CARBURY, PARISH OF – Comerford’s “Dioceses of Kildare and Leighlin”

by niamh mccabe on July 6, 2006

PARISH OF CARBURY
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           THE present parochial district of this name comprises the ancient parishes of Carbury, Dunfierth, Arkill, and the Fews. Carbury parish has obtained its name from the circumstance of the old parochial Church having its situation in the country called in Irish, Cairbre, which might be supposed to have been co-extensive with the present Barony of Carbury. At a short distance to the north of Carbury village is an old graveyard, with the ruins of a Church, and close to it, to the N.E., stand the extensive ruins of the castle of Carbury, nearly on the extremity of a hill, skirted by Carbury bog. In the north part of Clonkeen townland, in this parish, there is pointed out the site of an old castle. There is an old graveyard in the S.W. part of the townland, called Templedooath. If this Church could be proved to have retained this denomination in a corrupted form, from St. Muadhnat (Virgin), it would establish that the place in which it lies is that called Caille, according to Colgan. Marian adds, that “St Muadhnat was venerated in a place called Caille, in the country of Cairbre.” O’Donovan then proceeds to show the stages through which Temple Muahadnat would become Temple Mhudhat-sounded, “Templewooath,”- which, in the Anglicised form, might easily be written, Templedooth. Sir W. Wilde has no hesitation in fixing this as the true derivation of the name; vide infra.
“We know of no locality so celebrated as the barony and hill of Carbery or Carbury” writes Sir W. Wilde in The Boyne and Blackwater, “ about which there has been so much discussion, and concerning which there is much discrepancy among Irish writers. There are, at least, four districts of the name in Ireland. The investigation carried on by Mr. O’Donovan and his assistants, in connection with the Ordnance Survey, has thrown new light upon the subject, and settled the question of the topography of that Carbury most celebrated in Irish writings, and decided that this barony in Kildare was the Cairbre-na-Ciardha of our most trustworthy historians, and that particularly alluded to by the Irish poets O’Dugan and O’Herrin;- of whom, the former flourished in the latter part of the 14th, and the latter in the beginning of the 15th century;-and gave topographical and historical descriptions of some of our most memorable localities. O’Dugan says that O’Kiery was lord of this territory, and the only chief of the descendants of Niall of the Nine Hostages,-King of Ireland in the 5th century,-located in Leinster. The translation of the passage referred to runs thus:-
 
“O’Kiery, o’er Carbury of the Clergy,
Of the tribes of Niall of the Nine Hostages;-
                         There are but themselves ( i.e., O’Kierys) there to the east,
Of the descendants of Niall in Leinster.”
 
This locality has many historical recollections connected with it. O’Heerin, the topographical historian and poet, thus alludes to it:-
 
“Over Carbury, of Leinster, of the plains,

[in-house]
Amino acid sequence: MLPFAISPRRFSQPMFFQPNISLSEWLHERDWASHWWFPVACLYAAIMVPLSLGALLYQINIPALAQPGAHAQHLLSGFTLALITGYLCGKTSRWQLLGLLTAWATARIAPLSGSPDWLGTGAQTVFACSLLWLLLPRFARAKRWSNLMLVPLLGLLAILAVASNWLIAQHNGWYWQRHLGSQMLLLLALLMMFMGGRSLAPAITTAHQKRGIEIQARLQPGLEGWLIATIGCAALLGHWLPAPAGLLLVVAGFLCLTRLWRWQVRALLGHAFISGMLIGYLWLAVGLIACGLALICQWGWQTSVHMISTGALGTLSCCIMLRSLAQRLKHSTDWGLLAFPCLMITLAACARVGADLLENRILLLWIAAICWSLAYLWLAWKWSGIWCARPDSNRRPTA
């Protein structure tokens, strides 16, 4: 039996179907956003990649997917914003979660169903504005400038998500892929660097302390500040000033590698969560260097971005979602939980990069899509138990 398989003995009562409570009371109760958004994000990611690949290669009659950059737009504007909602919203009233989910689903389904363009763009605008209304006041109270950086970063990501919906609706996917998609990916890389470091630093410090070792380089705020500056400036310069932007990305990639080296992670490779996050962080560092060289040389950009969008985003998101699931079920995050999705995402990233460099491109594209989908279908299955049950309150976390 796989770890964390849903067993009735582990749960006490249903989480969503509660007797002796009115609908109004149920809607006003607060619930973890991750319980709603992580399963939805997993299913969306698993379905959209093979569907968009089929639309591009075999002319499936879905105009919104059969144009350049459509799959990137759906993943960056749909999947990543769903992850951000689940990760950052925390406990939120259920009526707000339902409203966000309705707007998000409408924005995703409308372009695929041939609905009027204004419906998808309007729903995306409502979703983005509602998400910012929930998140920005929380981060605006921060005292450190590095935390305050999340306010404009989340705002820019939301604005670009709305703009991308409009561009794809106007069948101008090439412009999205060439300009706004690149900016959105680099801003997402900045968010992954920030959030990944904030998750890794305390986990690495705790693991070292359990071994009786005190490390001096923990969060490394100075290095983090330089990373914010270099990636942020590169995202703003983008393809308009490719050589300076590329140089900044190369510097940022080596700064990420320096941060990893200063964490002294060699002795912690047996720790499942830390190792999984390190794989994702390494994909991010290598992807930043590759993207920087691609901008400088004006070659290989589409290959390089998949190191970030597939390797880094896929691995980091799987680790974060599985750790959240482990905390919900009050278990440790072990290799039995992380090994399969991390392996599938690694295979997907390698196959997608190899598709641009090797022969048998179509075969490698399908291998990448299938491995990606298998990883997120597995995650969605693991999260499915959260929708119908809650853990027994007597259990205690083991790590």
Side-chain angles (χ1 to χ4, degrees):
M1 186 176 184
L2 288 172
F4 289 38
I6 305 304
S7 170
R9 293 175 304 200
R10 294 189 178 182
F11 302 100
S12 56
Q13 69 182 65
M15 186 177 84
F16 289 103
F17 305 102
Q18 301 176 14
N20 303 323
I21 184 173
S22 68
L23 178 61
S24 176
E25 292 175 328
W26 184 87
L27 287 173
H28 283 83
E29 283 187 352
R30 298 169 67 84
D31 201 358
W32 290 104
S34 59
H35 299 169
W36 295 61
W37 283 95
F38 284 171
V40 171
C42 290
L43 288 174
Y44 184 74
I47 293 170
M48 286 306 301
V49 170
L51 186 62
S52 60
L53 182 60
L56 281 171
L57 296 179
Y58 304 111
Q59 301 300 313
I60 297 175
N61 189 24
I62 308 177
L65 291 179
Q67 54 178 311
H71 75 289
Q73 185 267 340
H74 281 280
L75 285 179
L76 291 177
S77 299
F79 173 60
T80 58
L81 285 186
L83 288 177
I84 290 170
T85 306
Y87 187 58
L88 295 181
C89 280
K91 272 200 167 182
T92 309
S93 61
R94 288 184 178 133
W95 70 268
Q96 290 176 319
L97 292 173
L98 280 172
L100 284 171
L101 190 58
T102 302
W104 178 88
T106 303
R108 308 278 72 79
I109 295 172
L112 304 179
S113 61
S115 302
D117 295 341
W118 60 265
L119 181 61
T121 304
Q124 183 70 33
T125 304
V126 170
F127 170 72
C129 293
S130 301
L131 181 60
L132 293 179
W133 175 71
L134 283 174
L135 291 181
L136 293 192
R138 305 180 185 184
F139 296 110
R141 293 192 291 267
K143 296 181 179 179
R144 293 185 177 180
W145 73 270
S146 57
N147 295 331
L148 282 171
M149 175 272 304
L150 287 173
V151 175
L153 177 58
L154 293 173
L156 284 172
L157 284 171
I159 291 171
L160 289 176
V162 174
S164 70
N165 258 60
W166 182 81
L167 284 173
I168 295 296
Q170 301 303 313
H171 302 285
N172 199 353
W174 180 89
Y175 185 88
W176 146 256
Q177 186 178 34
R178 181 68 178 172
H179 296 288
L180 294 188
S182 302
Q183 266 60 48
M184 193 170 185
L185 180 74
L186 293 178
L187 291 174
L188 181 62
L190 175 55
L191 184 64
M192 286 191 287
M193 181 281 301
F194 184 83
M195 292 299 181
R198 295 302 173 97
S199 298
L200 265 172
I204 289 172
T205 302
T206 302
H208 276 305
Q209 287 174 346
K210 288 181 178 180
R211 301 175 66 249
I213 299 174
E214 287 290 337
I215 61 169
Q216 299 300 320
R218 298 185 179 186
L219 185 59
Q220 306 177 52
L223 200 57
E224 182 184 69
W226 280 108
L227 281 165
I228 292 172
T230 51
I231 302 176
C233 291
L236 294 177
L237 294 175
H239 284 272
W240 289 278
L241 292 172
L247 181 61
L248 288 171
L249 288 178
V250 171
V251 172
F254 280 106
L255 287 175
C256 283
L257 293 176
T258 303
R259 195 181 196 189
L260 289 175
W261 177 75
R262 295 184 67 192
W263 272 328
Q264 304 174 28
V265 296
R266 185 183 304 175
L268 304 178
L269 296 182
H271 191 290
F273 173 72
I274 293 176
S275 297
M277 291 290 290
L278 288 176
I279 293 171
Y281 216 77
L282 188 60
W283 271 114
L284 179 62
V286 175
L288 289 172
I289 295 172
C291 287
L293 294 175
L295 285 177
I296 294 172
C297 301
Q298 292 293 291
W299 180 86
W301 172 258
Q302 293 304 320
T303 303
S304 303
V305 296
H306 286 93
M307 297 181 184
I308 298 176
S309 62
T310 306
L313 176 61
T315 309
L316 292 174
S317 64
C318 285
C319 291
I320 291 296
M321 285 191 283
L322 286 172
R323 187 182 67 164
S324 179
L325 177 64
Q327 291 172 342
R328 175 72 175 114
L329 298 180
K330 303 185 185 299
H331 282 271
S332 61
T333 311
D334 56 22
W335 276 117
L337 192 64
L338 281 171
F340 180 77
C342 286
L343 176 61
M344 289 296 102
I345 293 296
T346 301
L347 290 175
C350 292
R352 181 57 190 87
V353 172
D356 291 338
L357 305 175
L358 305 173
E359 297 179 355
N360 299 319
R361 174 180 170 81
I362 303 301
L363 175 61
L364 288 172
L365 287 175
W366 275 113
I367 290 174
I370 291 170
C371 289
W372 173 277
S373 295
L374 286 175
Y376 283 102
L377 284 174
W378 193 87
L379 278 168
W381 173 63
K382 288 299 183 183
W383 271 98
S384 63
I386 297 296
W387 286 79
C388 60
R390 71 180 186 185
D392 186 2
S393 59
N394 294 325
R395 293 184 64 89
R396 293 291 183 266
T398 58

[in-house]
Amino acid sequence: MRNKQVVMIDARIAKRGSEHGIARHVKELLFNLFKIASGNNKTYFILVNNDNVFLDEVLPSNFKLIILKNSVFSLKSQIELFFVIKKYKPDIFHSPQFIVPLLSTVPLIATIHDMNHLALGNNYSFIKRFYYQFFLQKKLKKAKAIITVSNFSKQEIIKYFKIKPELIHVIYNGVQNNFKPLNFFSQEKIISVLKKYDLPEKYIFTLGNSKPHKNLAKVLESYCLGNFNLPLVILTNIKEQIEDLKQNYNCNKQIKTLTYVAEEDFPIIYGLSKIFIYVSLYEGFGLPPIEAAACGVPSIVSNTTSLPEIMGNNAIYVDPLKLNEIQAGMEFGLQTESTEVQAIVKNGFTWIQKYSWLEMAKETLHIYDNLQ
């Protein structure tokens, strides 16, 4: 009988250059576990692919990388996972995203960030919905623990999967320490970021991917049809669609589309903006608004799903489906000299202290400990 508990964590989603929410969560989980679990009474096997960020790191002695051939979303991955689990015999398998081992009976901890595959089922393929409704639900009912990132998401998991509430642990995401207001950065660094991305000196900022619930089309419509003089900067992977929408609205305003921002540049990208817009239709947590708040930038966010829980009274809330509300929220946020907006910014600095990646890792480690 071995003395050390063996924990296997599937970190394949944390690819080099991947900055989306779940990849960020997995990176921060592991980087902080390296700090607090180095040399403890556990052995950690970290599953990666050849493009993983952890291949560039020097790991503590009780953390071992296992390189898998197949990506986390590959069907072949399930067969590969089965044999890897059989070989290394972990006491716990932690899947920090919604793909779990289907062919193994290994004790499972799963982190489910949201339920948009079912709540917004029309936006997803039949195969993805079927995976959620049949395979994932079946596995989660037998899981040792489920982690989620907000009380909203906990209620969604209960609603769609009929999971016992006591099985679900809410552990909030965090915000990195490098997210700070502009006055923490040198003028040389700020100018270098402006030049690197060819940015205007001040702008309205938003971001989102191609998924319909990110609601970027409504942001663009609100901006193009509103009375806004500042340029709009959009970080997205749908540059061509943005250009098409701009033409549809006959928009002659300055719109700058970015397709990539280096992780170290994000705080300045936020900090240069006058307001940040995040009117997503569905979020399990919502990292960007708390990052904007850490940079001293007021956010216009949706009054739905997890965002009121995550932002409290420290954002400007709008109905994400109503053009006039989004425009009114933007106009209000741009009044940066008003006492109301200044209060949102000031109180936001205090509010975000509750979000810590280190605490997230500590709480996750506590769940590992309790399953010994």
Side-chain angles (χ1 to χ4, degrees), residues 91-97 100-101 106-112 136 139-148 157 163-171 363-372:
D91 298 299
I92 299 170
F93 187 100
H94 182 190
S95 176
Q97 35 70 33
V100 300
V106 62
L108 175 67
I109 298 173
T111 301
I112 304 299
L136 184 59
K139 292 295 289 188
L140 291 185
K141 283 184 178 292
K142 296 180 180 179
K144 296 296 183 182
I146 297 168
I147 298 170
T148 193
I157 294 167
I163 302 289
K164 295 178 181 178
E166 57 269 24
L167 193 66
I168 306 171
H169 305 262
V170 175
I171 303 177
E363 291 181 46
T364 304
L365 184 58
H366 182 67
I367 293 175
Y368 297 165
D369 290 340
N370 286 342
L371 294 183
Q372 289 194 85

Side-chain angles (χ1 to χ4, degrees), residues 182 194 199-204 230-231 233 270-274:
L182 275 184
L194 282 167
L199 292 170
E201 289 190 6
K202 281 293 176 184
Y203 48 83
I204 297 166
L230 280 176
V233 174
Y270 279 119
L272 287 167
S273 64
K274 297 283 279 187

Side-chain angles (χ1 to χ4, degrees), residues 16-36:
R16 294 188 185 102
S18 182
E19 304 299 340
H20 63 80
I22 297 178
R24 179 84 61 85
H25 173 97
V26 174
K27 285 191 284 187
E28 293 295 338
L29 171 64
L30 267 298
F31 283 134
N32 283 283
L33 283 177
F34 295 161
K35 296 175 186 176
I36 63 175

Rules O’Keary, -of the red-handed swords,-
          The scion of Almhain, without scarcity in the east,
      By whom battles were kindled round Croghan.”
 
Carbury was named from Cairbre, son of Niall of the Nine Hostages, whose descendants, called the Cinel Cairbre, or race of Cairbre, settled here. Carbury hill was previously called Sidh Nechtain, i.e., the Fairy-hill of Nechtain.(1)
Regarding this personage, the Annals of Ireland record that in the year of the age of the world, 5090, Nuadha Neacht, son of Sedna Sithbhaic, after having spent a year in the sovereignty of Ireland, fell in the battle of Cliach, in Ui Drona (Barony of Idrone, Co. Carlow), by Conaire Mor. Trinity Well is at the foot of the hill of Carbury, in which the River Boyne has its source; and relating to which the following legend is told in the Book of Ballymote. We give the graceful parapharase of Sir W. Wilde:-
“There was a celebrated poet and king of Leinster, called Nechtain. Or Nuadha-Neacht, in the first century, who had a secret well in his garden, one of the miraculous virtues of which was, that anyone who approached it, except the monarch and his three cup-bearers, Flesg, Lesg, and Luan, was instantly deprived of sight,- their eyes bursting, as the MSS. describe it. Female curiosity, however, was not to be disappointed, and Boan, the queen, was determined to test the mystical powers of its waters; she, therefore, arrogantly, not only approached the well and defied its terrors to mar her beauty, but passed three times round it to the left, as was customary in several of the ancient incantations. Upon the completion of the third round, the charm was broken, the spring rose, and three enormous waves burst over the helpless lady, mutilating her sadly, and, says the original, breaking one of her eyes. She then fled towards the sea to hide her deformity, but the waters, now loosened from their source, still followed till she reached the Inbher, or present mouth of the river, and was swept on the rushing waters of the Boyne into the sea. Such is the death assigned to queen Boan by Kenneth O’Hartigan, in the Book of Ballymote; and the name of the river is thus derived from hers”- Boyne and Blackwater.